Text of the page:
Interview and transcript © 1990 by Kay Reese & Mimi Leipzig. ASMP staff edited the transcript for online presentation and added supplemental biographic information.
Andreas Feininger was his own United Nations: born in Paris to an American family of German origin. He spent his childhood years, and received most of his education, in Germany, where his father, Lyonel (bio), was a renowned artist and teacher at the Bauhaus. Andreas received his university degree in architecture, and was soon in practice in Dessau and Hamburg. He discovered quickly that in using the camera as a sort of sketchbook for his ideas he began to prefer taking photos of the architecture to designing and building the structures themselves. Even after he went to work with Le Corbusier (bio) in Paris, Feininger continued photographing, sold his first photos in 1932, and by 1936, after a move to Sweden, he gave up architecture altogether and concentrated on his camera work. He shot new architecture and old cityscapes, and experimented with the medium, pioneering many of the special effects we take for granted today. With the Nazis on the march, and Europe in disarray, in 1939 Feininger packed up and moved to the United States.
“I’m Not a People Photographer”
After a year’s stint as a photojournalist for Black Star, Feininger attracted the attention of Wilson Hicks, then photo editor (later, executive editor) of Life, who hired him for some freelance work, and later put him on staff. The Feininger-Hicks-Life relationship would last for more than 20 years and nearly 350 assignments. In the process, Feininger wrote scores of books including Feininger on Photography, The World Through My Eyes, Man and Stone, Trees and America. His photography volumes and textbooks have been translated into 13 languages. In later life, Feininger taught about photography at New York University. In 1991, he was presented with the International Center of Photography’s Infinity Lifetime Achievement Award.His work can be found in the permanent collections of New York’s Museum of Modern Art (where his photos had been part of the legendary Family of Man show and Metropolitan Museum of Art, National Gallery of Art in Washington, DC, the Victoria and Albert Museum in London, Paris’ Bibliotheque Nationale and the International Museum of Photography, George Eastman House, Rochester, New York.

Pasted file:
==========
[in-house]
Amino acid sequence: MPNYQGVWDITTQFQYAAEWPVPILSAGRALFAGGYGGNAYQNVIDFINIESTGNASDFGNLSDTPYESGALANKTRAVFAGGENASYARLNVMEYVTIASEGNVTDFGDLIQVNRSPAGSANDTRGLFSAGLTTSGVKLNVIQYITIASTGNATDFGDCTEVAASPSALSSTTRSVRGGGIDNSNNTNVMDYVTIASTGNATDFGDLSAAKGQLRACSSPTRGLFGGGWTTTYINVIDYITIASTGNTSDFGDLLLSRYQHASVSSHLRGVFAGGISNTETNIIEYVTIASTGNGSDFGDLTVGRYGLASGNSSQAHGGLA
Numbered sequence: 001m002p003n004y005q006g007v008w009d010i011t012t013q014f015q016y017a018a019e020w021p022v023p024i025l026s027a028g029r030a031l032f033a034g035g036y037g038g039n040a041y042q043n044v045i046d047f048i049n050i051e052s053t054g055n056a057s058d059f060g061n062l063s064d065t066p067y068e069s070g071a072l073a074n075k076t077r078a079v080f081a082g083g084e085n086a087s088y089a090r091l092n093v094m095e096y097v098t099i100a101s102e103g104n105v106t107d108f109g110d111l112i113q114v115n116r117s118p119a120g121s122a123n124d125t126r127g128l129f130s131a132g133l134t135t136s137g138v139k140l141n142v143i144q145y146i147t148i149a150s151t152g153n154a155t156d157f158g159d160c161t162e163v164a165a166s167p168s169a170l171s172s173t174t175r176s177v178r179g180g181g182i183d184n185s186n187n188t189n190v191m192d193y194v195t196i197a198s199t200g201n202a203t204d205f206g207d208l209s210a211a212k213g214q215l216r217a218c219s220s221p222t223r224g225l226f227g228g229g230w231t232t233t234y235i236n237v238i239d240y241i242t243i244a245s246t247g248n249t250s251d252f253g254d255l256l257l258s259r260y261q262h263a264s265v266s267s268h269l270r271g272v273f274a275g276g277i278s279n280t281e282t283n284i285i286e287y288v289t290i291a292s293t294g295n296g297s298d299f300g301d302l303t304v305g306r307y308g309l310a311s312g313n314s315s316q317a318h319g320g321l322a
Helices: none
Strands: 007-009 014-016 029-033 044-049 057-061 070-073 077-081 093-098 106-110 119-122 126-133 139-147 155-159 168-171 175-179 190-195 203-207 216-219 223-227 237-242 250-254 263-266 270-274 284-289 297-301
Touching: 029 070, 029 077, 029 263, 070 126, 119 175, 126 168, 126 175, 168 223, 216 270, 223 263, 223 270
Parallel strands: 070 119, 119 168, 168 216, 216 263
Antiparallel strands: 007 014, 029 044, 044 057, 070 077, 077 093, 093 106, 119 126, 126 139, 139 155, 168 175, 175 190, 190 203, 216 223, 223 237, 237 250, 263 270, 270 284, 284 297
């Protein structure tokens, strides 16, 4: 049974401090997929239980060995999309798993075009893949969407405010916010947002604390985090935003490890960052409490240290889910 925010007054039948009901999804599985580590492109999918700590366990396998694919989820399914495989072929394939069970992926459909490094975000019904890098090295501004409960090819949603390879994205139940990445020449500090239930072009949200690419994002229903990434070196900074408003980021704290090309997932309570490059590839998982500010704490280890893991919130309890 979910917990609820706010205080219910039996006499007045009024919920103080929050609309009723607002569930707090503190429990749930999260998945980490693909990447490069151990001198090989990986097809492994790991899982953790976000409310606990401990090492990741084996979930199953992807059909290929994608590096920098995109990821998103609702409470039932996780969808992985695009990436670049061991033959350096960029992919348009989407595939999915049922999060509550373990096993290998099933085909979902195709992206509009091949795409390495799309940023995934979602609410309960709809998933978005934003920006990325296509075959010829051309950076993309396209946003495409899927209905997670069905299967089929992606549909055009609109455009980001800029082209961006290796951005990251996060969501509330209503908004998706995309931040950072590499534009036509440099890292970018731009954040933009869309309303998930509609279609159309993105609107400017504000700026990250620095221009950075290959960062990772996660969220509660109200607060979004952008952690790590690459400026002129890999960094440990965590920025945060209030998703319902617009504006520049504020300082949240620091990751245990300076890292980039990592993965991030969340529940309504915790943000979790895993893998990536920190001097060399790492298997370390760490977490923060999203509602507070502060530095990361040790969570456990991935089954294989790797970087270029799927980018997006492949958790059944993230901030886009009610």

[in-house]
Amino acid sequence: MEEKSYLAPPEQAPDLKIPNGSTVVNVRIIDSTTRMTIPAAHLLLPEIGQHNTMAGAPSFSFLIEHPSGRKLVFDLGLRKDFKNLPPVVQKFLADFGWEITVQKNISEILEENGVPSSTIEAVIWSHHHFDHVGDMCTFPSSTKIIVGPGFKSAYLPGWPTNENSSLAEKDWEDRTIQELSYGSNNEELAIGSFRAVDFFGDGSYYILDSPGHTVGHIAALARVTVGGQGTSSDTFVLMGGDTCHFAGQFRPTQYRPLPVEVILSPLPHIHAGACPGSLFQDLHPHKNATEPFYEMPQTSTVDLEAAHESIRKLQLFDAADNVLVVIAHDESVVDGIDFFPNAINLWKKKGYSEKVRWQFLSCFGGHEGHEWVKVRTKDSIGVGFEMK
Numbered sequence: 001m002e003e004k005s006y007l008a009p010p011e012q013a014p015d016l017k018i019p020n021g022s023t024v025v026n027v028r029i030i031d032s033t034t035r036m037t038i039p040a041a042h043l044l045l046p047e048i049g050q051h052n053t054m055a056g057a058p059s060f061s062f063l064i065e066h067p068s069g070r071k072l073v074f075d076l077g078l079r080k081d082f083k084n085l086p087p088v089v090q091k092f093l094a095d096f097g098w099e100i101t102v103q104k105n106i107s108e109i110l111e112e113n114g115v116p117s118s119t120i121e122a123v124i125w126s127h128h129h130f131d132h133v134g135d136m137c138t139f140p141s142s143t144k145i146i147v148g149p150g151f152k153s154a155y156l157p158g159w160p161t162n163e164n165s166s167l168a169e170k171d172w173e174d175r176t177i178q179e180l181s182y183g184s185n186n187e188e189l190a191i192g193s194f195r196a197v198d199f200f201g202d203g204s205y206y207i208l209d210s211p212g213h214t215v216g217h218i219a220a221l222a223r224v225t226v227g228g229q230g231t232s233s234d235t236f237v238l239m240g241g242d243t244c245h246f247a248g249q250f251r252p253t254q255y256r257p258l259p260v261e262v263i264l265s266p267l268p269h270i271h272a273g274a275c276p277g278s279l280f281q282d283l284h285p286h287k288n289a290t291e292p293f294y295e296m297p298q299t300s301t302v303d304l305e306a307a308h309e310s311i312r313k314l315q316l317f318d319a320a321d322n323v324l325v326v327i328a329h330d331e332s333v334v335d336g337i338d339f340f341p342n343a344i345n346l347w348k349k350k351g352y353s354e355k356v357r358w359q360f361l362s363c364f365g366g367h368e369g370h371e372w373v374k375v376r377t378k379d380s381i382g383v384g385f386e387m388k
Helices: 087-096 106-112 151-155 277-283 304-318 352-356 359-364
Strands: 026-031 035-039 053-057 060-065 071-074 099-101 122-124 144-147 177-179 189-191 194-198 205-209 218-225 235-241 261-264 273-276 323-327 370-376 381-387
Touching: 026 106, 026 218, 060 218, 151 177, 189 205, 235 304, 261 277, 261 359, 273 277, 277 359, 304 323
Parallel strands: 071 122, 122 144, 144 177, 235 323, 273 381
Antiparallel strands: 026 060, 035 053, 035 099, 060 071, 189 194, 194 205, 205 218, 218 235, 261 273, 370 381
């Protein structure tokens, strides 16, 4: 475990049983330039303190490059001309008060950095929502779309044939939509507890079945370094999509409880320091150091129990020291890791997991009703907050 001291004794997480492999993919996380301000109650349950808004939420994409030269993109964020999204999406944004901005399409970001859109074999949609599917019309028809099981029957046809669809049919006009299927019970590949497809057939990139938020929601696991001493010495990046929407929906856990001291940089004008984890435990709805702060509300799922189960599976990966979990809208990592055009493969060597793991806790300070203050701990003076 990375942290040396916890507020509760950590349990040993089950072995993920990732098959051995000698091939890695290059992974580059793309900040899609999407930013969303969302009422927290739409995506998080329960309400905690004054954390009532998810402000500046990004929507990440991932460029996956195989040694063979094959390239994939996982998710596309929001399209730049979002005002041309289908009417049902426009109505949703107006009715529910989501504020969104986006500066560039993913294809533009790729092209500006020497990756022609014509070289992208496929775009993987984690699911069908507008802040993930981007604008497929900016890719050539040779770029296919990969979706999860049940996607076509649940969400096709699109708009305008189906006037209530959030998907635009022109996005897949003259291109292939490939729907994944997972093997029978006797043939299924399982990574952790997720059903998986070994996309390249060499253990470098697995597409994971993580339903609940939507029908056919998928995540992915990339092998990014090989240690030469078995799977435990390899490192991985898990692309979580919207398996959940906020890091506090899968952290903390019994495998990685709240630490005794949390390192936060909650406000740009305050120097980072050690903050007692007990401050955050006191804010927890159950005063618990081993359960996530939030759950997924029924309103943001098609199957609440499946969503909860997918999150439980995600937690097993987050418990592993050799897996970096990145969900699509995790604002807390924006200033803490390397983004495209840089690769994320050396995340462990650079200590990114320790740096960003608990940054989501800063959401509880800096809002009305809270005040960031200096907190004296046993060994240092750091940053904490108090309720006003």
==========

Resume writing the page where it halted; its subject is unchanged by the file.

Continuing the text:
As one exhibition catalogue put it, Feininger’s work “combines an architect’s love of precision, space, and technique with an artist’s love of sweeping vistas … full of towering skyscrapers, broad swaths of road, and angles of geometric perfection … masterful in their technical excellence and panoramic grandeur.” The same sensibility and fascination with structure and infrastructure informed his pioneering nature photography, as well.
Andreas Feininger died in 1999.
The interview with Feininger took place on April 5, 1990, in his Manhattan apartment.
“Support the organization as a photographer.”
ASMP: There is a picture of you at the first cocktail party. What do you remember about why you joined the ASMP and when you joined? Not too many Life photographers did join. You were on the staff of Life, is that true?
Feininger: I joined the staff of Life in 1943.
ASMP: Who introduced you to the ASMP?
Feininger: There was Ewing Krainin. Because I think he was the one who had the idea and got us all together.
ASMP: You joined because …?
Feininger: I thought it was a good idea. Support the organization as a photographer.
ASMP: To protect the magazine photographers.
Feininger: To give them more rights.
ASMP: To give them decent money, and not to have to work on spec.
Feininger: Yes, yes. And to get their names mentioned in connection with their pictures.
Feininger: That was the purpose.
ASMP: The meetings were very obstreperous?
Feininger: Unfortunately, I never had much to say.
ASMP: You must have had a problem, then, with all those crazy photographers.
Feininger: I never had a problem with any photographer. You see, I let them do what they want to do. if they criticize, that’s their problem. I know what I’m doing, so it doesn’t upset me.
“Of course, you have to find an accessible web.”
Feininger: I do not photograph any more. I gave away all my cameras, all my photographic equipment — lenses, enlarger, everything — I gave it to ICP, donated it. Because I found that it is too strenuous for me to do black-and-white photography, though I am mostly a black-and-white photographer — have been all my life. But to develop my own prints, it’s so time-consuming, I couldn’t do it anymore, and it got too expensive. A box of paper costs about $100 now, and you have to have at least six or seven different grades. I decided to switch over to color. And for two years, I photographed exclusively in color, objects of nature, small objects of nature. And then I decided I had enough for a book. So I put the book together and I went to Rizzoli, and they published it. It’s called Nature in Miniature.